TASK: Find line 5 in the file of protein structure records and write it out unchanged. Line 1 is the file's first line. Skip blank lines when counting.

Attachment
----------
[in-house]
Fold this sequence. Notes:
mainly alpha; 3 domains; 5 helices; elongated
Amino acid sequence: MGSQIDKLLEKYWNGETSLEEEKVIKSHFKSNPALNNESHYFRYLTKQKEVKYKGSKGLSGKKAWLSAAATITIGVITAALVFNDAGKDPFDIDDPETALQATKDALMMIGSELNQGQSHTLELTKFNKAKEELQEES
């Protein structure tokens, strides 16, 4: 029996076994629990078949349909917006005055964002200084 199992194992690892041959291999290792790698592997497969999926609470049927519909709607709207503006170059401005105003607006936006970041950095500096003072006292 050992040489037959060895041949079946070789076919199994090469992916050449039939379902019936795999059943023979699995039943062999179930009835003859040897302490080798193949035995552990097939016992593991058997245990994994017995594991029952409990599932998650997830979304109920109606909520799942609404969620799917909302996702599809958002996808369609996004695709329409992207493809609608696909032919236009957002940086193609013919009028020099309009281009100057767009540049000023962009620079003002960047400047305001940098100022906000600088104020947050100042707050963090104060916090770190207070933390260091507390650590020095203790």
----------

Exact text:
């Protein structure tokens, strides 16, 4: 029996076994629990078949349909917006005055964002200084 199992194992690892041959291999290792790698592997497969999926609470049927519909709607709207503006170059401005105003607006936006970041950095500096003072006292 050992040489037959060895041949079946070789076919199994090469992916050449039939379902019936795999059943023979699995039943062999179930009835003859040897302490080798193949035995552990097939016992593991058997245990994994017995594991029952409990599932998650997830979304109920109606909520799942609404969620799917909302996702599809958002996808369609996004695709329409992207493809609608696909032919236009957002940086193609013919009028020099309009281009100057767009540049000023962009620079003002960047400047305001940098100022906000600088104020947050100042707050963090104060916090770190207070933390260091507390650590020095203790």